The first time I made labels using this method was back when I was still studying. It was really fun to make some more in a new design for all my current projects! I’ve seen a number of bloggers also use this technique with different kinds of ribbons and designs, so I thought I’d show you how I made mine. All you need is t-shirt transfer paper ( I bought mine from Officeworks), ribbon, a computer, inkjet printer, iron and a wooden chopping board (or similar, firm, heat-proof surface).
Create your logo using a word processing program such as Word (PC) or Pages (Mac). Or if you want to incorporate graphic elements as well as text, you can use a program like Illustrator. Print out your design on normal paper and measure it so make sure you’re happy with the size and how it will fit on to your ribbon. Once you’re happy with the size, fill the whole page with rows of your logo so you don’t waste any of the transfer paper. When you transfer the design it will be mirrored, so make sure you mirror the text/logo before printing it out, otherwise your labels will be backwards!
Keep in mind that if you are using white transfer paper the background around your transferred design will be white, not transparent. This is not a problem if you are using white ribbon, but if you are using cream or any other coloured ribbon make sure you buy transparent transfer paper. If you are using coloured ribbon, I would recommend sticking to pale colours to make sure your design stands out. Once you’ve printed a trial version on plain paper to make sure the design is printing in reverse, you can print on your transfer paper. Make sure you read the instructions of your transfer paper. Mine recommended cutting around the design to keep it neat and rounding any corners to help prevent the possibility of the design lifting off.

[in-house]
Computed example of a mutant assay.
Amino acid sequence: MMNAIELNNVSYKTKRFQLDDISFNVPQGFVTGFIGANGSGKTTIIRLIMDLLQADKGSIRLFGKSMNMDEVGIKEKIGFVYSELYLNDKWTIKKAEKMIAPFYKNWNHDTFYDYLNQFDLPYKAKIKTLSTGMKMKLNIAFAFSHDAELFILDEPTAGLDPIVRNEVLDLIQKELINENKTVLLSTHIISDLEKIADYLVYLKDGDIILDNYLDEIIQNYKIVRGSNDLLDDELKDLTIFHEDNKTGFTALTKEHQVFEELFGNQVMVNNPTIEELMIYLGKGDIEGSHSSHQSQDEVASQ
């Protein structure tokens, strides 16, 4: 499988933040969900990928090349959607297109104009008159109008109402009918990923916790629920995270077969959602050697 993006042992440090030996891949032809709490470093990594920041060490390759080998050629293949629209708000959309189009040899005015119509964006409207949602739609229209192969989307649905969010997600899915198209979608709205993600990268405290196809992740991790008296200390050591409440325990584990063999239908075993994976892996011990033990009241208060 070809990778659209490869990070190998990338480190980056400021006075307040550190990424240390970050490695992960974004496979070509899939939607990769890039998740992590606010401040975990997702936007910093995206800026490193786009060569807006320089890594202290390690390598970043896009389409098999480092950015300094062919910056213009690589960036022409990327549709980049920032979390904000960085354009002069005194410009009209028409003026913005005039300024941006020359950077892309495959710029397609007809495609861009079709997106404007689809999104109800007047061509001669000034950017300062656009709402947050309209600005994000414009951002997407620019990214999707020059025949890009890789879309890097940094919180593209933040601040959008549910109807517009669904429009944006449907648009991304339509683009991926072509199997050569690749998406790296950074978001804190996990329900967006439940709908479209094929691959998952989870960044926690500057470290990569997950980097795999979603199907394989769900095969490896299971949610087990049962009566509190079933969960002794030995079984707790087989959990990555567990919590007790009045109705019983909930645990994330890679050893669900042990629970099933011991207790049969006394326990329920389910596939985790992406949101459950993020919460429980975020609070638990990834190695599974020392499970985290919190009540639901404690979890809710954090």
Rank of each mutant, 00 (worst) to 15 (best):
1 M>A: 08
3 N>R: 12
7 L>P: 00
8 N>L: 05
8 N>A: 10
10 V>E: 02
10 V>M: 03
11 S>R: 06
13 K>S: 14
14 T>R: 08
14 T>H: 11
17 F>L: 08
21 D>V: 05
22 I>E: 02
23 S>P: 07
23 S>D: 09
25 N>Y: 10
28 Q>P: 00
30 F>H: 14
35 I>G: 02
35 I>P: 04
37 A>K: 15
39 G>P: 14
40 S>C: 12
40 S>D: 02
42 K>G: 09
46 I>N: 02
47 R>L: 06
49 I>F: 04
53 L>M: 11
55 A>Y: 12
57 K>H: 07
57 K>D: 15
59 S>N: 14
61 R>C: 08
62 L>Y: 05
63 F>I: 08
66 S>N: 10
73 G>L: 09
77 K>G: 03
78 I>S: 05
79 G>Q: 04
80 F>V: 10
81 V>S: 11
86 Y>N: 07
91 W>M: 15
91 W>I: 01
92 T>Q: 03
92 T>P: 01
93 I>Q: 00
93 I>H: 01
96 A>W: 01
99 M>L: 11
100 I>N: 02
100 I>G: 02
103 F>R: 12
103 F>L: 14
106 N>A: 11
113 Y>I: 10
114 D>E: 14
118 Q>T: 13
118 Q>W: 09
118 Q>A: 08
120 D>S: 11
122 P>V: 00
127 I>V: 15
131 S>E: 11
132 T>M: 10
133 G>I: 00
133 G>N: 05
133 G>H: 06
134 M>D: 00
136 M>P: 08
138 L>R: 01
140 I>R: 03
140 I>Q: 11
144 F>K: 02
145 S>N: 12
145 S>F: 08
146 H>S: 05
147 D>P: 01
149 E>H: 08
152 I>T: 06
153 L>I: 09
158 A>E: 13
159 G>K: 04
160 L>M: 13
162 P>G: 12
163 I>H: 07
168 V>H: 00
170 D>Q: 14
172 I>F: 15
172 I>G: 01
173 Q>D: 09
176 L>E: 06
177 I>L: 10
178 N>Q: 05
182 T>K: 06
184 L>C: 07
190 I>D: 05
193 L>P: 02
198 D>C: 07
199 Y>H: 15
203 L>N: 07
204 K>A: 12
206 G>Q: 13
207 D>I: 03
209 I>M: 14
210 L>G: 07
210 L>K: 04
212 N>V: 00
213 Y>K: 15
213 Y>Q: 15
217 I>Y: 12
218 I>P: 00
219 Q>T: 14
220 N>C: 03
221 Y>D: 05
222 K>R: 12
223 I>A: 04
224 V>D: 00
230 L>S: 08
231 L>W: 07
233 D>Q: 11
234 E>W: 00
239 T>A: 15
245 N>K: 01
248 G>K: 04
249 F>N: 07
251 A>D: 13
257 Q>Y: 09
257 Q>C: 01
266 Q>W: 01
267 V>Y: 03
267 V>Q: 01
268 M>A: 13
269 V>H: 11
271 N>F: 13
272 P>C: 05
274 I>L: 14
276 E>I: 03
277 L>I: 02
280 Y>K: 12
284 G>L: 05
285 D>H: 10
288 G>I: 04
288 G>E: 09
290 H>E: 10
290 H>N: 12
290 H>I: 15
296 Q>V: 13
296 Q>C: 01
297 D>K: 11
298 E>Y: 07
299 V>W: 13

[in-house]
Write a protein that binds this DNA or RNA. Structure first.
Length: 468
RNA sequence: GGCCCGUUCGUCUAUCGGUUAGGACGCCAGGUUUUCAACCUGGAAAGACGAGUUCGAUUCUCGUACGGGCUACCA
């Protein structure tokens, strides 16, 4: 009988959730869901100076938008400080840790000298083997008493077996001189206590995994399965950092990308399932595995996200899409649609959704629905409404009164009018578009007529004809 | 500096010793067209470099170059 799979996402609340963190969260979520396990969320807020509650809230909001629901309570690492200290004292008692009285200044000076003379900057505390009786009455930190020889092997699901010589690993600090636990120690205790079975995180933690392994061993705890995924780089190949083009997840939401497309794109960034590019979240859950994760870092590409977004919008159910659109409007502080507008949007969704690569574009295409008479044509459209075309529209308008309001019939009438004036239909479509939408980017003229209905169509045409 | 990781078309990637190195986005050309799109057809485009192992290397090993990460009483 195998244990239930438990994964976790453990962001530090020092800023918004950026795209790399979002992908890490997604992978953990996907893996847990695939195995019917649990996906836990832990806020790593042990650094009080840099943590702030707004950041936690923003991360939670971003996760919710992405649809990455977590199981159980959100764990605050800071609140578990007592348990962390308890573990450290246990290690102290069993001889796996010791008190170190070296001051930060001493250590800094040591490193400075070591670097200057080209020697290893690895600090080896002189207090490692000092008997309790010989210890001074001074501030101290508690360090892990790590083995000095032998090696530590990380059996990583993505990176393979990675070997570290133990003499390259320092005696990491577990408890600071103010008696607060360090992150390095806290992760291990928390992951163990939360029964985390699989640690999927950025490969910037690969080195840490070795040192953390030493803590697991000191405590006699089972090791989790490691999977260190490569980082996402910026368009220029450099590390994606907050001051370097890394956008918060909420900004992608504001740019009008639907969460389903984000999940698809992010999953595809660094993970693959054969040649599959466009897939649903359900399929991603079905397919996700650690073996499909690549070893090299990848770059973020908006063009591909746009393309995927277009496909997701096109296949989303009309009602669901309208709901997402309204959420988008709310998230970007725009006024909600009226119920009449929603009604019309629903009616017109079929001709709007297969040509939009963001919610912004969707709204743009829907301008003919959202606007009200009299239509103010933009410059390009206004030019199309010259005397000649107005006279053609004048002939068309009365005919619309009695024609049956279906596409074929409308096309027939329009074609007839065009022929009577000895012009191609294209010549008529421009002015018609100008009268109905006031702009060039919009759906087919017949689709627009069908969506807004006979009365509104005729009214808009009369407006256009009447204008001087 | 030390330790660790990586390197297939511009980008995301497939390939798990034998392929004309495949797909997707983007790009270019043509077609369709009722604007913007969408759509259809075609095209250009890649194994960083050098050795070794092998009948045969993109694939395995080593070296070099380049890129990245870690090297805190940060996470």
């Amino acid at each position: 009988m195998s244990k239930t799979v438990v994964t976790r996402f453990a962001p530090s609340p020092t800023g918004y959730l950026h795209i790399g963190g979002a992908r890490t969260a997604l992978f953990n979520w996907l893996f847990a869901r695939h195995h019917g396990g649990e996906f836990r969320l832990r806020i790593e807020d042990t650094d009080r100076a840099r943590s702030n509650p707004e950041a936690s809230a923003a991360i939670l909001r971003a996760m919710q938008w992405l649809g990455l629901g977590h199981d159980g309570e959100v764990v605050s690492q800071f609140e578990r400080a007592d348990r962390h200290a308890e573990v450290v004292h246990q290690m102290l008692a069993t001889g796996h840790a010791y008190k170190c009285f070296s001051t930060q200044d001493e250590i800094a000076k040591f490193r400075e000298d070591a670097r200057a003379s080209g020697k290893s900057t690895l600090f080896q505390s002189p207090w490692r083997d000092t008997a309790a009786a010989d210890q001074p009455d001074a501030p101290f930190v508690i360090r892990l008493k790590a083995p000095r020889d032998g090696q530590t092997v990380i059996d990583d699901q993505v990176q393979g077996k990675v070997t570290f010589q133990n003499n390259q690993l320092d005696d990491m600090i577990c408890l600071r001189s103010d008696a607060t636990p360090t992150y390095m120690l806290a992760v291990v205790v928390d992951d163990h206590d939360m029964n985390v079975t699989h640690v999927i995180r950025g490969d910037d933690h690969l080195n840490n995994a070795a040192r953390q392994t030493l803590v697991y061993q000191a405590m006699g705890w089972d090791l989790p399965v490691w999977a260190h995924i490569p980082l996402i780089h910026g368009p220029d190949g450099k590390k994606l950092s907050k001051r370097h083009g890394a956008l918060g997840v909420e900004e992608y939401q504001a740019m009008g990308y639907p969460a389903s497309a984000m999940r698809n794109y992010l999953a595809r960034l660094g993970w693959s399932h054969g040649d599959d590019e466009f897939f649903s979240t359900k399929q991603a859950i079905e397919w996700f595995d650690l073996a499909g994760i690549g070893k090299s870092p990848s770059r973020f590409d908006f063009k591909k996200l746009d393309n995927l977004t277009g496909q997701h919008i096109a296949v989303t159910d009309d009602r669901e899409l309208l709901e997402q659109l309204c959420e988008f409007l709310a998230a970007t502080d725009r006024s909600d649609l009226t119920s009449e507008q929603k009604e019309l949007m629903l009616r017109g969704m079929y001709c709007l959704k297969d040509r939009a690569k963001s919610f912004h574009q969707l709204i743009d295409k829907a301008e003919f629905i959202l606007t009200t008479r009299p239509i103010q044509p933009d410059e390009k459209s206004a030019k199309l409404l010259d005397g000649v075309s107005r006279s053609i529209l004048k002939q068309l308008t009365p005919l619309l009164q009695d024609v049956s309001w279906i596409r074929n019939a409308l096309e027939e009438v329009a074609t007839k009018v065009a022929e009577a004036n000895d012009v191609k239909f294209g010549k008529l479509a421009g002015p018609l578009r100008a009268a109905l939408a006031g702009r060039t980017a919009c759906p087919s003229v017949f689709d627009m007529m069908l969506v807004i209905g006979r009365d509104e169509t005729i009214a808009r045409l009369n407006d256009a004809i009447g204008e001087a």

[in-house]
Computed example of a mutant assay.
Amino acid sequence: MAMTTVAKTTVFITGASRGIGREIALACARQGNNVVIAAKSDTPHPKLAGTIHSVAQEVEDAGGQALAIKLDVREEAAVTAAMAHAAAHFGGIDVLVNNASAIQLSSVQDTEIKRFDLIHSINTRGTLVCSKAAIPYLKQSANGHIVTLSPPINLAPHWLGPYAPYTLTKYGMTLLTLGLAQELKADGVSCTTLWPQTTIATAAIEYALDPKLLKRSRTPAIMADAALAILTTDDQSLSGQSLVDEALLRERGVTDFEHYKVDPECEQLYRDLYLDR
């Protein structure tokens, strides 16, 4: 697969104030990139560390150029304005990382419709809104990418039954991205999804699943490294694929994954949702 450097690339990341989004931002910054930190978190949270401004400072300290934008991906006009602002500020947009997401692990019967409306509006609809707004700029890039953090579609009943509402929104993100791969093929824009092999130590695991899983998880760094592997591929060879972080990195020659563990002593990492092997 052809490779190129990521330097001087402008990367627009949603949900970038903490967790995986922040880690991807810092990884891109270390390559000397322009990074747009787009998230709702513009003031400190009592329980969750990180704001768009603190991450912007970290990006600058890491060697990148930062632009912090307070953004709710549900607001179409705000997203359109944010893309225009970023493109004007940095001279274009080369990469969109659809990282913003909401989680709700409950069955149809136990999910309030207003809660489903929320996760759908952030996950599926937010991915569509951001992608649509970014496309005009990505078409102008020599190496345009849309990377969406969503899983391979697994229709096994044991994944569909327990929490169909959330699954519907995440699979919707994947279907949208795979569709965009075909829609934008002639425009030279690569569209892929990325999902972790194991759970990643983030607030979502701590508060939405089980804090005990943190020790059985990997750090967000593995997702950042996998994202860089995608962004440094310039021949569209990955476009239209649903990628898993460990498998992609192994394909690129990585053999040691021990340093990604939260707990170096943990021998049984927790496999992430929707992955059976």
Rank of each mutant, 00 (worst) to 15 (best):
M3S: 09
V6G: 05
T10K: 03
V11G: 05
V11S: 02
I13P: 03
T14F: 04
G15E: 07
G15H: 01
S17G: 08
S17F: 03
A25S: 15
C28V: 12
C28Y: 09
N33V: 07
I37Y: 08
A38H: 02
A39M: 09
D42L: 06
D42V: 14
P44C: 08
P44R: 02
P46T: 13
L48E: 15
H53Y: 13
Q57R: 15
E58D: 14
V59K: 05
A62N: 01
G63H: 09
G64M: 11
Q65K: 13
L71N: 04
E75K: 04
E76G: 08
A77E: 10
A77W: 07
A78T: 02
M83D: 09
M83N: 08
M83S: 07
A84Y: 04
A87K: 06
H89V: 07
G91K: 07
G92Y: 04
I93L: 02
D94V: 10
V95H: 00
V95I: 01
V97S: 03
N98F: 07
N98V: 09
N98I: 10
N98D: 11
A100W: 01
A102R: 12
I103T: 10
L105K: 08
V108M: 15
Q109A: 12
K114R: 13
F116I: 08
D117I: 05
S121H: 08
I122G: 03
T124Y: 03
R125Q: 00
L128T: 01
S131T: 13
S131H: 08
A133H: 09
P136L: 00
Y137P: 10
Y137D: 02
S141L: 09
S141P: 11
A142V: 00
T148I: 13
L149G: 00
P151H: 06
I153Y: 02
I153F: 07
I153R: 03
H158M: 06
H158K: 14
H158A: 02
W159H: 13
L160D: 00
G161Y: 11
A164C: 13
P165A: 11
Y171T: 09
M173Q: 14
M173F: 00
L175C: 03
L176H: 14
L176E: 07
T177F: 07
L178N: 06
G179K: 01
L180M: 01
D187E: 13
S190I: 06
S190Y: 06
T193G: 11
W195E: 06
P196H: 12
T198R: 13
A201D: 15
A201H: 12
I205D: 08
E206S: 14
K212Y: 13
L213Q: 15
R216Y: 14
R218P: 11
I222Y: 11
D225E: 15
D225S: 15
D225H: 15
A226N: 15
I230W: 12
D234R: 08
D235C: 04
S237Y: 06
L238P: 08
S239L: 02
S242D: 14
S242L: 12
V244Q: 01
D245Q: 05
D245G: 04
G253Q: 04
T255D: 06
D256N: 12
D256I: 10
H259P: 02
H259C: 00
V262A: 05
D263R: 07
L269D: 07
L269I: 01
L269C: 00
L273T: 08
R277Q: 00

When ironing the design onto the ribbon, you need to use a firm surface, such as a chopping board covered in a clean tea towel. An ironing board is too squishy and you won’t get enough pressure to properly adhere your design to the ribbon. Follow the instructions that came with your transfer paper regarding the heat and length of time required to iron on your design.
The ribbon will be very hot, so allow it to cool before gently removing the backing paper. I really love the texture of the transfer on the grosgrain ribbon that I used – it gives it a ridged, slightly worn feel. I want to try it on cotton twill tape to see how that looks, too. This method does work well on satin ribbon, but personally a prefer the rougher texture of the grosgrain ribbon. Now you can sew your pretty labels into all your projects!
© 2012, Angela. All rights reserved. On reposting any images contained herein you must provide link to original post. Please don’t repost entire posts without my permission.